NHL 2010 Top Draft Prospects: Ryan Johansen
May 17, 2010 Leave a comment
Jumping from a 47-game schedule to a 72-game schedule is indeed a huge jump for a young player. Ryan Johansen, who played the 2008-09 season in the British Columbia Hockey League, had a difficult time making that adjustment.
“Around December he looked fatigued,” Portland Winterhawks coach Mike Johnston said in an interview with NHL.com. “He looked like he was waiting for that Christmas break because he needed to recharge his batteries.”
However, the 6-foot-2, 194-pound center was able to rest up over Christmas, and came back to dominate the WHL, putting up 69 points in 71 games. He was second among all WHL rookies with that number.
“I think the biggest change is having to go every day,” Johansen said to NHL.com. “In Junior A we worked out once a week and we really only played games on the weekend. Our schedule (in Portland) is a lot more filled.”
Nonetheless, Johansen was able to get over the change in schedule and after being placed on a line with two other draft prospects in Nino Niederreiter and Brad Ross, Johansen flourished. He helped Ross more than double his point totals from the 2008-09 season, while Niederreiter was able to put up 36 goals on the same line as Johansen.
“He has good on-ice vision and also angles well on the forecheck,” one scout said. “He has the intelligence to play power play as well as penalty kill. He can be shifty and has the ability to beat a defenseman one-on-one. Once he fills out and gains more strength he could turn raw talent into a valuable center at both ends of rink. He has displayed nice playmaking capabilities and this should continue at next level.”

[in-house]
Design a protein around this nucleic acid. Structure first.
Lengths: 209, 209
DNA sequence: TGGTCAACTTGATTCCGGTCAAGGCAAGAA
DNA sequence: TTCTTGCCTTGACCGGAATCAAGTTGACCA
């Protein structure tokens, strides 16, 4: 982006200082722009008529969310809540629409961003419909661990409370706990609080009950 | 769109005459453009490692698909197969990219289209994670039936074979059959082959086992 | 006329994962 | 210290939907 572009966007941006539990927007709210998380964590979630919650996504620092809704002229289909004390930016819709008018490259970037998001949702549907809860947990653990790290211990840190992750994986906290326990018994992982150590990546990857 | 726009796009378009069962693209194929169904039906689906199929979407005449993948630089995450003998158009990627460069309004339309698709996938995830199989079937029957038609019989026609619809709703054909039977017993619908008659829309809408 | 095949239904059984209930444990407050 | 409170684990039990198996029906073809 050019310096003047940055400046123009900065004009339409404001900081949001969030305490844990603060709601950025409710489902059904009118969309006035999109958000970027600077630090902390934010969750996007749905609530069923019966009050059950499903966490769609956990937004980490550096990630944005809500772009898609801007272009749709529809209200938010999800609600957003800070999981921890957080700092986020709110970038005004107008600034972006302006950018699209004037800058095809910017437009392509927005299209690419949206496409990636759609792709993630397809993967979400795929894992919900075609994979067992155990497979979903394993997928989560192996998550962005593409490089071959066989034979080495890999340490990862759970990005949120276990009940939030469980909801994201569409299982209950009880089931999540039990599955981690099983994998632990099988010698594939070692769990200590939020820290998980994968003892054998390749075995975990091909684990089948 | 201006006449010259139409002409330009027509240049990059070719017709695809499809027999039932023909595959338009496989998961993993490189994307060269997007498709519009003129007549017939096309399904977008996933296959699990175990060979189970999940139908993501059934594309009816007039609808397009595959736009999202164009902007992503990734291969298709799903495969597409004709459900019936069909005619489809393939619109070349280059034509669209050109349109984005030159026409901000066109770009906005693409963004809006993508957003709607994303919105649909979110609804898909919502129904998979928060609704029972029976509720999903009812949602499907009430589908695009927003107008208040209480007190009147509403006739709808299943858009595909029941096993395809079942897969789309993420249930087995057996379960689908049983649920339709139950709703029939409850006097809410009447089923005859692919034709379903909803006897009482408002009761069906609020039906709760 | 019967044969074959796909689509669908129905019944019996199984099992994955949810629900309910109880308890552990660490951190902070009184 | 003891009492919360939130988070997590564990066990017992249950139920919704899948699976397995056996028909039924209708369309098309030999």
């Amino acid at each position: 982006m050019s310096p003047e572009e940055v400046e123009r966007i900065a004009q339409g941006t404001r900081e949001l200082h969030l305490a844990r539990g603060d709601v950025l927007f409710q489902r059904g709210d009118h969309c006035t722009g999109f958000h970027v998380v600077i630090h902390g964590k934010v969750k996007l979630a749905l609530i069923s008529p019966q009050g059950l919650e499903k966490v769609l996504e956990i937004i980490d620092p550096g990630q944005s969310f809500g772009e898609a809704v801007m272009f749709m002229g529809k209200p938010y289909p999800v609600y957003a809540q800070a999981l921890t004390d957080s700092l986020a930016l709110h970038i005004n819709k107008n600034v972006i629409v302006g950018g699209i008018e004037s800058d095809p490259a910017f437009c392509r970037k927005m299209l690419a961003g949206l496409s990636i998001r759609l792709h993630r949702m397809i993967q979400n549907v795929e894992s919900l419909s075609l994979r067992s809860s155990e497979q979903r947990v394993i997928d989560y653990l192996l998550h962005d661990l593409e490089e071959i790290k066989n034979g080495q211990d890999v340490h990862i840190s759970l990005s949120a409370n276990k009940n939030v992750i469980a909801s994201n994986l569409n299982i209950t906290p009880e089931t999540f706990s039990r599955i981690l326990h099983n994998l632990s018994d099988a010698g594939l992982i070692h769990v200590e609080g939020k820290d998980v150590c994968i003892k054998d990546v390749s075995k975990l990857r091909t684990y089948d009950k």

“This kid has a lot of natural ability,” Coach Johnston continued. “His vision on the ice, his puck protection, he sees things on the ice that other players can’t see. He is a very skilled playmaking center.”
Even other players in the league are taking note of Johansen’s special abilities
“He’s a big, strong power forward and extremely skilled and patient with the puck,” one WHL defenseman said. “I can still remember this one play he made, where he came across the blue line, slammed on the brakes and sucked me to him and just made this no-look pass to Nino [Niederreiter] flying around him.”
Johansen moved up to the number ten spot in NHL Central Scouting’s final draft rankings, but he still has some work to do if he hopes to make an impact immediately in the big league.
“Ryan has a little more physical play to his game,” said Johnston. “When you try to get the puck off him, he’ll hit back. Maybe he doesn’t deliver as many hits. The physical play is when they have the puck. They’re all really physical guys.”
Alan Bass is a writer for The Hockey News and THN.com. In addition to writing for Inside Hockey and Pro Hockey News, he has also worked for the Philadelphia Flyers. He is the General Manager of the Muhlenberg College hockey team as well. You can contact him at BergHockey24@gmail.com.